345 Morgan v. Reintzel, 7 Cranch, 273; National Bank of Gloversville v. Wells, 15 Hun (N. Y.) 51. So, against several joint makers, although only one had requested him to sign as indorser. Hoff man v. Butler, 105 Ind. 371. 4 N. E. 681. So, although the indorser who took up the note indorsed it for the accommodation of the bank that made it, and although he was himself president of the bank. Fenn v. Dugdale, 40 Mo. 63. So, although the bank had indorsed in violation of the banking act for an agreed compensation. National Bank of Gloversville v. Burr, 27 Hun (N. Y.) 109. But if the note was made for the indorser's accommodation, he cannot take it up with borrowed money for the benefit of the lender, so as to hold the accommodation maker, unless it is knowingly transferred to him by the bank; but mere surrender on payment is not such a transfer. Lancey v. Clark, 64 N. Y. 209.
346 Barker v. Parker, 10 Gray (Mass.) 339. And the maker cannot, at the suit of an indorsee, set up payment by the indorser to the plaintiff. Ticonic Nat. Bank v. Bagley, 68 Me. 249.
847 Telford y. Garrels, 132 Ill. 550, 24 N. E. 573.
law, reckoning from the date of the payment.349 In like manner, the indorser who pays a bill or note may bring his action against all prior indorsers who are not otherwise discharged.360 And any dividend afterwards received by the holder from the estate of a bankrupt prior indorser, on proof of claim previously made by him, will be received br him as trustee for the intermediate indorser who has paid the bill.331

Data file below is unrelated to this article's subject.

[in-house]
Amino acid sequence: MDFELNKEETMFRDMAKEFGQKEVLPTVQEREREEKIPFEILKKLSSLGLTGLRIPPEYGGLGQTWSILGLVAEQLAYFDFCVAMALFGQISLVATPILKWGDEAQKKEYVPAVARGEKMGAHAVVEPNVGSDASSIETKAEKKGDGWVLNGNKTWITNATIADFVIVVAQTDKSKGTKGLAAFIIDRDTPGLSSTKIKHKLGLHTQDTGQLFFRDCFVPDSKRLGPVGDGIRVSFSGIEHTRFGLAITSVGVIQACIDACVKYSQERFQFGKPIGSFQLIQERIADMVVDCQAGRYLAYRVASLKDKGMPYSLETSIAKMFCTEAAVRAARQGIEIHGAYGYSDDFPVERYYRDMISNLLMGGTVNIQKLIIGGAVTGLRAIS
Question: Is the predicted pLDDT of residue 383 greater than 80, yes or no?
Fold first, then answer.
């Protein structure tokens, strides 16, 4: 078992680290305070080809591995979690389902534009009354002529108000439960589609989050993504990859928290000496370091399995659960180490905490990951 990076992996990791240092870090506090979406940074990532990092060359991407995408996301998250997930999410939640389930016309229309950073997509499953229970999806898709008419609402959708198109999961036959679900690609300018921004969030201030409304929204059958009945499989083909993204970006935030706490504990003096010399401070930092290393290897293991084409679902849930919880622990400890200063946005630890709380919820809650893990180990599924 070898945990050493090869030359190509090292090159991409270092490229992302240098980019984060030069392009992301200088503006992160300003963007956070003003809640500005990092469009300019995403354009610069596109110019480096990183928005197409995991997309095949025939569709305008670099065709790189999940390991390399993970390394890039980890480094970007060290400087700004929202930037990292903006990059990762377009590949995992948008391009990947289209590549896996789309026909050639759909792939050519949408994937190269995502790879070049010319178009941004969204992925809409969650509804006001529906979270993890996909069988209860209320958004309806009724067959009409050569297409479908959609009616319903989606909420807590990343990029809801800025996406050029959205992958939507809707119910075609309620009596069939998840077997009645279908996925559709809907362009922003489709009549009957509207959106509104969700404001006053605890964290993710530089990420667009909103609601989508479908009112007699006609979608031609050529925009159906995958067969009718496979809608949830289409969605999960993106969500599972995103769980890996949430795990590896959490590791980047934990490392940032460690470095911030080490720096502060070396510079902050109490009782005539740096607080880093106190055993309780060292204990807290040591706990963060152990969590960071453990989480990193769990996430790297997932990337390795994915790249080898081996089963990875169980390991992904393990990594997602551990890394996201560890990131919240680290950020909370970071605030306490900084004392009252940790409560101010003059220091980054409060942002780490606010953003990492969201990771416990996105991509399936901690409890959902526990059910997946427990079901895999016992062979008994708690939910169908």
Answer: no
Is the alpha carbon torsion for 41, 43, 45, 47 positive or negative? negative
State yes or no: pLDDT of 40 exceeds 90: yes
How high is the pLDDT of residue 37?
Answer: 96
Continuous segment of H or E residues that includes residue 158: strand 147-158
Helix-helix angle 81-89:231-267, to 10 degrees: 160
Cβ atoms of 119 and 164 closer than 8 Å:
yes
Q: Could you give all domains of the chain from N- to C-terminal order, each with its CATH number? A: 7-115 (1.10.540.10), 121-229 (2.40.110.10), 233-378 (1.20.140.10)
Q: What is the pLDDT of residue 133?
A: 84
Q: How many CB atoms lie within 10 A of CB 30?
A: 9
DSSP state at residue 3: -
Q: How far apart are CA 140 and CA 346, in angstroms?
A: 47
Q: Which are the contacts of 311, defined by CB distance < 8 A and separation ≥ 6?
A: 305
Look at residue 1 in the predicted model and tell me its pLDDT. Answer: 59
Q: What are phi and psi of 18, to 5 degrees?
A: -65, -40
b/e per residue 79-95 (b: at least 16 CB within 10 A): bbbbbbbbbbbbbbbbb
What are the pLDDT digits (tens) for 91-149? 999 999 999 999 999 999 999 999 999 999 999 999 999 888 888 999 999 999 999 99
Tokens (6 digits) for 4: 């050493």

Action by Indorser.
$ 1431. When an indorser pays a bill, and brings his action against parties primarily liable, he must prove the payment made by him.* 52 On the other hand, the fact that the note has been canceled by mistake, and marked “Paid,” will not prevent his recovery. The indorser who has paid a bill or note may recover the face of the instrument in such action, 354 although he has already received a part payment from a prior indorser. 355 But he can recover only the amount actually paid, if he has made the payment on behalf of the principal debtor.35. And it has been held that he cannot recover the costs paid by him in resisting a suit against him as indorser.357 His action is
349 Meriden Steam Mill Lumber Co. v. Guy, 40 Conn. 163.
250 Marr v. Johnson, 9 Yerg. (Tenn.) 1. And if he takes it up at the request of the prior indorser to avoid protest, it will be sufficient consideration for a note by the latter for the amount for which he would have been liable on protest. Meyer v. Spencer, 9 Mo. App. 590. 851 Selfridge v. Gill, 4 Mass. 95.
352 And production of the bill and protest has been held not to be sufficient without a receipt for the payment. Mendez v. Carreroon, 1 Ld. Raym. 712. And an agreement as to how payment is to be made by the indorser is not equivalent to payment. Longfellow v. Andrews, 45 Me. 75.
353 McLemore v. Hawkins, 46 Miss. 715; Whitlock v. Manciet, 10 Or. 166.
354 Bank of Louisiana v. Roberts, 4 La. 530; even though he has only paid half the face of the note, and was an accommodation indorser for the maker, Fowler v. Strickland, 107 Mass. 552.
355 The part already received from a prior indorser being recovered for the Use of such indorser. Johnson v. Kennion, 2 Wils. 262.
356 Pace v. Robertson, 63 X. C. 550. And if he pays the debt for which his indorsee pledged the note, he will hold all excess recovered from the maker for the indorsee. Scott v. Bank, 71 Ind. 13.
357 Dawson v. Morgan, 9 Barn. & C. 618; Fenn v. Dugdale, 31 Mo. 580; Peers v. Kirkham, 46 Mo. 146; without an express agreement, Newman v.